whether any separate proceedings are to be initiated or not for
the recovery of the compensation already paid.”
4. In view of the observations made by the High Court in the writ
petition, Gaon Sabha/ Panchayat has filed application under Order 1
Rule 10 of the Code of Civil Procedure to implead it in the proceedings
under Section 18 of the Act. In the aforesaid proceedings it was held
that in view of the judgment and decree passed in proceedings under
Sections 30 and 31 of the Act holding that the respondents-claimants
are entitled for compensation to the extent of 87%, the Civil Court has held that Panchayat is entitled only to seek enhancement of
compensation to the extent of their 13% share.
5. Further, in view of the observations made by the High Court, a suit
was filed by the appellants, initially before the High Court of Delhi, which
was subsequently transferred to the Court of Additional District Judge,
Delhi on the ground of pecuniary jurisdiction and same was numbered
as Suit No.203 of 2005. The said suit was filed seeking declaration that
the judgment and decree dated 28.09.1989 was obtained by fraud as
such they are entitled for recovery of Rs.11,20,707/- with interest @
18% p.a. In the aforesaid suit mainly it was the case of the appellantsplaintiffs
that the said decree was obtained by fraud in collusion with ex-
Pradhan, and created a resolution showing that the said land was
leased in their favour for a period of five years from 04.04.1981. It was
their specific case that since the ex-Pradhan of the Gaon Sabha was in
collusion with the respondents-defendants and due to such fraud
committed by them upon the court they could obtain order and decree
as such the same was assailed in the suit.
6. The said suit was decreed by judgment and decree dated
04.01.2006 and aggrieved by the same respondents-defendants have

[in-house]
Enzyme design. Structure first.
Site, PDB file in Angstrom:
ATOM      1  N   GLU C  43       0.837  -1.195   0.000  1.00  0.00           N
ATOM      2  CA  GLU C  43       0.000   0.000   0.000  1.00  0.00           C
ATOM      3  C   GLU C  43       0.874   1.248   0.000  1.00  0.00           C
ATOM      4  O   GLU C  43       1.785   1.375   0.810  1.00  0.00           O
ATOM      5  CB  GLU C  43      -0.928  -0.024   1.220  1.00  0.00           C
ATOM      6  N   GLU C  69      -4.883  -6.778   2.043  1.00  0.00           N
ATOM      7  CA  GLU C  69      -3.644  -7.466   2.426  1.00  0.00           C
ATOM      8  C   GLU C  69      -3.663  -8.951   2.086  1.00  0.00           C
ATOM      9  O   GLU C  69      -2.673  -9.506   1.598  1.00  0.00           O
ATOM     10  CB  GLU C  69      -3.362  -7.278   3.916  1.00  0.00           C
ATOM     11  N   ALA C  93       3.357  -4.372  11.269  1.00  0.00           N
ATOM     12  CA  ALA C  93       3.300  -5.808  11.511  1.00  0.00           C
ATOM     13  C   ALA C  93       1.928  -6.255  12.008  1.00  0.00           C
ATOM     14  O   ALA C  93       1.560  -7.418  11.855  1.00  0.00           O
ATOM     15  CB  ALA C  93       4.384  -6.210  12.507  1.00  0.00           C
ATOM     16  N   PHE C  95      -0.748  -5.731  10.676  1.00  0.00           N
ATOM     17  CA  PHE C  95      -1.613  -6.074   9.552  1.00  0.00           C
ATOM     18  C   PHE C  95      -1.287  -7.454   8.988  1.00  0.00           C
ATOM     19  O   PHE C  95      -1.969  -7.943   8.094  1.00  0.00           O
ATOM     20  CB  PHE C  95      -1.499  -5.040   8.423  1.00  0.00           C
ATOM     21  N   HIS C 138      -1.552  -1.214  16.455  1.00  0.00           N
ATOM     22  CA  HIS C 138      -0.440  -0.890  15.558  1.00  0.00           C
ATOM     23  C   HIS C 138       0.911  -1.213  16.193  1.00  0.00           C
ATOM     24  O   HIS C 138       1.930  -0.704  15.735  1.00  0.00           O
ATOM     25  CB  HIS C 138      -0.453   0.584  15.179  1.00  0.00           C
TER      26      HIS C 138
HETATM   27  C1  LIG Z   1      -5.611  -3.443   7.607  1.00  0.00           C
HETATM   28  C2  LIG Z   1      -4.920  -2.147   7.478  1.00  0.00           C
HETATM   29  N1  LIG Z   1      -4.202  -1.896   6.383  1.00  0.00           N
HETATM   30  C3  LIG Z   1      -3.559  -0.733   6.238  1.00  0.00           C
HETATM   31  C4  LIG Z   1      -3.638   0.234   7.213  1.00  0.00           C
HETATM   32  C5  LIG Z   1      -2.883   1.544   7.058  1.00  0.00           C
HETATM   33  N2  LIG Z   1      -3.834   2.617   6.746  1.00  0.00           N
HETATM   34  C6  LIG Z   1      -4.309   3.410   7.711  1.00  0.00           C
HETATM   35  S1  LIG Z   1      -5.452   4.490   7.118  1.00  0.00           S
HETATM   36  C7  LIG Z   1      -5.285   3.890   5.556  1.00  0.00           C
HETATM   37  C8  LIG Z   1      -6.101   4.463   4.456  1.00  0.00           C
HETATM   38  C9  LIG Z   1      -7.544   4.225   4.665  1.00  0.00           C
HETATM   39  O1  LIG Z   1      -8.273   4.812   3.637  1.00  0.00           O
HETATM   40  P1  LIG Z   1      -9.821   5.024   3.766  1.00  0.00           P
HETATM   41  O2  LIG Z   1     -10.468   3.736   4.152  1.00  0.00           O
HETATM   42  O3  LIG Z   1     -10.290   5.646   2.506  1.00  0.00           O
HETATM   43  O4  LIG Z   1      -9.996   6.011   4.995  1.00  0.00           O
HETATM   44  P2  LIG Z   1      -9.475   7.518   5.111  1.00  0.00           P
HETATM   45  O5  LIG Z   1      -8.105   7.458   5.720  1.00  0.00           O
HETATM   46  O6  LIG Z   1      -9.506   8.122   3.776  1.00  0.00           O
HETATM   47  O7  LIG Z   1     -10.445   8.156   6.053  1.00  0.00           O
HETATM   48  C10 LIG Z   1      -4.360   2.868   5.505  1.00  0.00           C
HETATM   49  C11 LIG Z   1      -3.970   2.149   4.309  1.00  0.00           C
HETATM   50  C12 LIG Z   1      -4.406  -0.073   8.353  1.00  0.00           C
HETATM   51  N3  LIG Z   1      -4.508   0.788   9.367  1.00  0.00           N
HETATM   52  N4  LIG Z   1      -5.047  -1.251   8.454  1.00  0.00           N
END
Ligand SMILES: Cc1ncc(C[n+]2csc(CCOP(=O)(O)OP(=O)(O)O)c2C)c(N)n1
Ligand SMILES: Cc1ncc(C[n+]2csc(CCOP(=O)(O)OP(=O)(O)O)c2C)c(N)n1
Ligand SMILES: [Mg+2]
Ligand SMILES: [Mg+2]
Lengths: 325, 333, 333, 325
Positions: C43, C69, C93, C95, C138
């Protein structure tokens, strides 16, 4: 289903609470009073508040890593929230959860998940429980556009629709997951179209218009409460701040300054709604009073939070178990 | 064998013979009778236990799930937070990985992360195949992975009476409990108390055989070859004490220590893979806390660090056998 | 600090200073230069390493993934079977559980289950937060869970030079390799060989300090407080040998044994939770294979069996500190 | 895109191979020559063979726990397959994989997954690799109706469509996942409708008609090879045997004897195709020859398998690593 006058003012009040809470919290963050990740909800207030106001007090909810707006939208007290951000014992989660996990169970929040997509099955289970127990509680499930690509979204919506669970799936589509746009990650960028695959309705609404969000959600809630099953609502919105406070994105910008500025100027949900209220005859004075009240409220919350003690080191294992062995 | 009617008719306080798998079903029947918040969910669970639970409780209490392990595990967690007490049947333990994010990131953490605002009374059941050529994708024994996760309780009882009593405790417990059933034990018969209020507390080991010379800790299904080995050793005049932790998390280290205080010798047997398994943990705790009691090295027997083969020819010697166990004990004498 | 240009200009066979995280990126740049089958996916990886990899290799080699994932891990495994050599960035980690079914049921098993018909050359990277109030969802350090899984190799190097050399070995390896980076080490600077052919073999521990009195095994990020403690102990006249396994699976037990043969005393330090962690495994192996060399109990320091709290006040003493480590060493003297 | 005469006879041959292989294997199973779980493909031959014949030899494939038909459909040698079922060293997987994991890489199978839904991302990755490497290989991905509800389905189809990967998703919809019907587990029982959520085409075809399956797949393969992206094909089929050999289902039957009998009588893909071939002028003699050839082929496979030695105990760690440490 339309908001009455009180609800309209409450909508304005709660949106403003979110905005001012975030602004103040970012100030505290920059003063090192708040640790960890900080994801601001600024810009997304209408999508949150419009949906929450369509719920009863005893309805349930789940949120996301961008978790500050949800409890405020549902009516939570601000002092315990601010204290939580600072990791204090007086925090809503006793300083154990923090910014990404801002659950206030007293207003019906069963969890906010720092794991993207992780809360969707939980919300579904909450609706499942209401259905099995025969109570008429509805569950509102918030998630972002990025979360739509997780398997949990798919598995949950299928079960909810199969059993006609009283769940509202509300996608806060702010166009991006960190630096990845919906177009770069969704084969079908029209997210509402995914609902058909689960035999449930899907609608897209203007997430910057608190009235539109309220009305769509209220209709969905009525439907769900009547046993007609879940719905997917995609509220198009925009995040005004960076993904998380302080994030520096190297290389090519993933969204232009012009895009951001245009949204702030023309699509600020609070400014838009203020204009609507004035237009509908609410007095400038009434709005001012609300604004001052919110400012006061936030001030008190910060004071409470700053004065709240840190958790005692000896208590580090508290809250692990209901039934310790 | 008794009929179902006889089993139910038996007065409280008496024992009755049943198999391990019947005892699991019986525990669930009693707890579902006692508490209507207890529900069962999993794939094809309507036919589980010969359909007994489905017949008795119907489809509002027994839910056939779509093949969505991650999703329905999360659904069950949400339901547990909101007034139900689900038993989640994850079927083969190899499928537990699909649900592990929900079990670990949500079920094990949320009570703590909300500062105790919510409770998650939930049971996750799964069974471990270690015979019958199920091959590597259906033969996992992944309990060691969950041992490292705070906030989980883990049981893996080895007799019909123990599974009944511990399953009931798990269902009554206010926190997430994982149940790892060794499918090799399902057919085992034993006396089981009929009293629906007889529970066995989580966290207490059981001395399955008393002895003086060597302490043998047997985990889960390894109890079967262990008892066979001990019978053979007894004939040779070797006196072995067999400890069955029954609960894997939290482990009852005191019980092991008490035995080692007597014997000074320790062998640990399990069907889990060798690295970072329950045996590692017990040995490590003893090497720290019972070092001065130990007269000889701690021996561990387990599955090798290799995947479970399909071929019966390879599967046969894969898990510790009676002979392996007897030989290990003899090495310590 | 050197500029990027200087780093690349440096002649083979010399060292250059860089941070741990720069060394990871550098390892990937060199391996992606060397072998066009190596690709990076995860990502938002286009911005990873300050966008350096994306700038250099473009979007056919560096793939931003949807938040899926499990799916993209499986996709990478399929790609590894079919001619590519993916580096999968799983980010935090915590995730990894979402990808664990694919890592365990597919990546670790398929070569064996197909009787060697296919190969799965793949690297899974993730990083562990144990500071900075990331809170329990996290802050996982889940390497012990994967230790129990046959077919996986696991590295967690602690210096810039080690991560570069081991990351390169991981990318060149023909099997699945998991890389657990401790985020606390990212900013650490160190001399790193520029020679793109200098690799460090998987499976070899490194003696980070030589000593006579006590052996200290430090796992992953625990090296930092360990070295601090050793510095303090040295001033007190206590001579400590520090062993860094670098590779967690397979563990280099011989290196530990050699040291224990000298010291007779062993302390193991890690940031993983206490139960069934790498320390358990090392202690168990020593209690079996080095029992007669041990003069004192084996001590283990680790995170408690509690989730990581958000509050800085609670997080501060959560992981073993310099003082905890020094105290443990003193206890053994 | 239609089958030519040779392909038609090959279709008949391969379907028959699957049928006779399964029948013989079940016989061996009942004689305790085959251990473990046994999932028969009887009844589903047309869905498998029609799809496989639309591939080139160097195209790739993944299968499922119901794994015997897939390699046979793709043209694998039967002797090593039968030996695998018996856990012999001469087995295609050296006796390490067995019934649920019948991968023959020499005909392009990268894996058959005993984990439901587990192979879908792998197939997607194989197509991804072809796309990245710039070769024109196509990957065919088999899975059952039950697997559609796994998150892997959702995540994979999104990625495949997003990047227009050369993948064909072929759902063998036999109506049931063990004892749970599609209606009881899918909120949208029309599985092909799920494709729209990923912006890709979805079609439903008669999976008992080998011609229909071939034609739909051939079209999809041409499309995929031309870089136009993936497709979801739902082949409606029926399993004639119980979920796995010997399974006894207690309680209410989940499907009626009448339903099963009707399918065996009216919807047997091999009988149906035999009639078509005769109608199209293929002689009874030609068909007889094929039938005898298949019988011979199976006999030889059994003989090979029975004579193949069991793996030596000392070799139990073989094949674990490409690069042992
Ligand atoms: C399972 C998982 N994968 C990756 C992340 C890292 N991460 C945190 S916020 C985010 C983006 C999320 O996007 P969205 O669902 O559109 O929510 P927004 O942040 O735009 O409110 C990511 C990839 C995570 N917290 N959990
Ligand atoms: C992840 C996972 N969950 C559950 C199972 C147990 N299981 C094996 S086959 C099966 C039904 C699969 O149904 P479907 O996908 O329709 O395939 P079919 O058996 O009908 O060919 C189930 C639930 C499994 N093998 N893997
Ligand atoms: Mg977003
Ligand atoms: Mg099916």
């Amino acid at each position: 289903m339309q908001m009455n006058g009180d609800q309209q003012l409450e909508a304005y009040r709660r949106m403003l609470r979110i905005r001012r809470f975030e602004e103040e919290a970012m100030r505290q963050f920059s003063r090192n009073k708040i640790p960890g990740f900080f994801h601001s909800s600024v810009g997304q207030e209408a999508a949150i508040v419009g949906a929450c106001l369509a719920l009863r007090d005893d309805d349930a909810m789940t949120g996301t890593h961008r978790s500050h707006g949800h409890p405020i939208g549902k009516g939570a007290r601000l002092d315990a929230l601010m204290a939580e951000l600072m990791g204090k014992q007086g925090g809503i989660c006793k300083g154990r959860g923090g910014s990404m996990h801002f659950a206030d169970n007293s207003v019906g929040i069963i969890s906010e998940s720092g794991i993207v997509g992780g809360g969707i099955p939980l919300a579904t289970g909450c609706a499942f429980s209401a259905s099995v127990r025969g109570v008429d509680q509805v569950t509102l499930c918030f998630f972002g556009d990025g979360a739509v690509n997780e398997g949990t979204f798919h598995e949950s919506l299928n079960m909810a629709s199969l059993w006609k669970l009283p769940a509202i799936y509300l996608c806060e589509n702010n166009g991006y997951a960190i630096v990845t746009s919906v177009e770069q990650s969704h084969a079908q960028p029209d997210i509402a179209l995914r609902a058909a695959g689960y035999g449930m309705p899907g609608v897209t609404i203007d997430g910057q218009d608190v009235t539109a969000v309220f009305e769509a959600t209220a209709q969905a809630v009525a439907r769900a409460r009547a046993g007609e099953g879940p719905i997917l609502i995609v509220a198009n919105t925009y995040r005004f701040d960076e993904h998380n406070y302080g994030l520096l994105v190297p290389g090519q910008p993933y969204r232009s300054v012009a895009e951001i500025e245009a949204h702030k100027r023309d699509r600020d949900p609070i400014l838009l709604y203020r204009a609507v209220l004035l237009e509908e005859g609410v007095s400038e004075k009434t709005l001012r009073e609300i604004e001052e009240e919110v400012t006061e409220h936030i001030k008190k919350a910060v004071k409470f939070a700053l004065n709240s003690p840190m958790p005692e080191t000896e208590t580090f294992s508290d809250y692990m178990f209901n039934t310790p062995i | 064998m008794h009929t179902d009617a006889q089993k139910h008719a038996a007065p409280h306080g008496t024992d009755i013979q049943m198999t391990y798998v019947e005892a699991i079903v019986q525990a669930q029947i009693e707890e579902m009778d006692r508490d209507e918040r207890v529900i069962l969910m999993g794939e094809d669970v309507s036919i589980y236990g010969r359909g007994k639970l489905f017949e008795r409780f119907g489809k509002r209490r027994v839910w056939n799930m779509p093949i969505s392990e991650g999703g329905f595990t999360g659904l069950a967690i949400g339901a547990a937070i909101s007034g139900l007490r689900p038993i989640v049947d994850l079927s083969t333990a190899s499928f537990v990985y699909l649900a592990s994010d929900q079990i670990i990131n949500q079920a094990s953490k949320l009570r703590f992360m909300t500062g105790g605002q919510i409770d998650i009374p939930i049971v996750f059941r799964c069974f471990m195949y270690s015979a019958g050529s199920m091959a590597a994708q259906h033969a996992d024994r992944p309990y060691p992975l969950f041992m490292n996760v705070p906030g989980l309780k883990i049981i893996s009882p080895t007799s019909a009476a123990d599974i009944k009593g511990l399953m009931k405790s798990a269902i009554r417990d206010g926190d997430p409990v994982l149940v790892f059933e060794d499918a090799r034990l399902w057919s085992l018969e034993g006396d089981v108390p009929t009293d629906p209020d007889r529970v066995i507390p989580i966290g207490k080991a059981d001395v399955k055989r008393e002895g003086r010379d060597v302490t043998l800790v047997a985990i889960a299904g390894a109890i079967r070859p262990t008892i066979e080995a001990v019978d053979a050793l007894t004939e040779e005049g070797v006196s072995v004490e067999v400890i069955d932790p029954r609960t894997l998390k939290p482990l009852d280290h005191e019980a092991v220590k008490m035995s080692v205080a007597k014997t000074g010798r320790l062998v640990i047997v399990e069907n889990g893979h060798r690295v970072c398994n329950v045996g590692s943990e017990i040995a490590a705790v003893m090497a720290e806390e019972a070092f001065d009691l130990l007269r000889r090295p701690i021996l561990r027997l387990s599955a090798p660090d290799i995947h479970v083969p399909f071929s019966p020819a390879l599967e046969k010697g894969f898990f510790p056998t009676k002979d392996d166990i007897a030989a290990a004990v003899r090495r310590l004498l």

preferred First Appeals in R.F.A.Nos.204-8/2006 before the High Court
of Delhi. The High Court, by appreciating the documentary and oral
evidence on record, has come to the conclusion that appellants-plaintiffs
have not pleaded necessary particulars so as to show how fraud was
committed upon the court which decided the reference under Sections 30 and 31 of the Act. Further by recording a finding that Gram Panchayat wanted to give the said land on lease to make the land fit for cultivation by removing “shora” and the said proposal was signed by all the members of the Gaon Sabha and only after approval from the Dy. Director, Panchayat, it was put to auction. It was further held by the High Court that in the auction proceedings there were as many as six bidders and as the bid of the respondents was highest at Rs.89/- per
acre same was accepted. It is further held by the High Court that the
proposal regarding acceptance of the bid was also approved by the Dy.
Director vide letter dated 16.04.1981 and only thereafter respondents
took possession of the land and paid the money through various receipts
which are part of the record. Further the High Court has held that the
entries made in the revenue records support the plea of the respondents
that they continued in possession by cultivating the land and as, every
action of the Gaon Sabha from the stage of proposal to create lease and
acceptance of lease was approved by Dy. Director, there is no case
made out by the appellants to show that lease was created only with the
collusion of the ex-Pradhan of the Gaon Sabha. With the aforesaid
findings the appeals filed by the respondents were allowed and
judgment and decree of the trial court was set aside. Hence, these civil
appeals, by plaintiffs.
7. We have heard Ms. Aishwarya Bhati, learned Additional Solicitor
General for the appellants and Sri Jayant Bhushan, learned senior
advocate appearing for the respondents-defendants.

8. Learned Additional Solicitor General appearing for the appellants
has mainly contended that respondents have claimed compensation by
playing fraud. It is submitted that there is no lease deed as such in
favour of the respondents and the only rights which were conferred on
the respondents were to remove the “shora” on the land in question so
as to make the land fit for cultivation. It is submitted that in absence of
any lease deed executed by the Gram Panchayat in favour of the
respondents, at best it can be treated as a licence for removal of “shora”
only and same cannot be treated as a lease. The learned ASG has
submitted that as the judgment and decree which was questioned in the
suit was obtained by fraud, the suit was rightly decreed by the trial court
but same was reversed by the High Court without appreciating their
case in proper perspective. It is submitted by learned ASG that in any
event having regard to claim made by the respondents-defendants they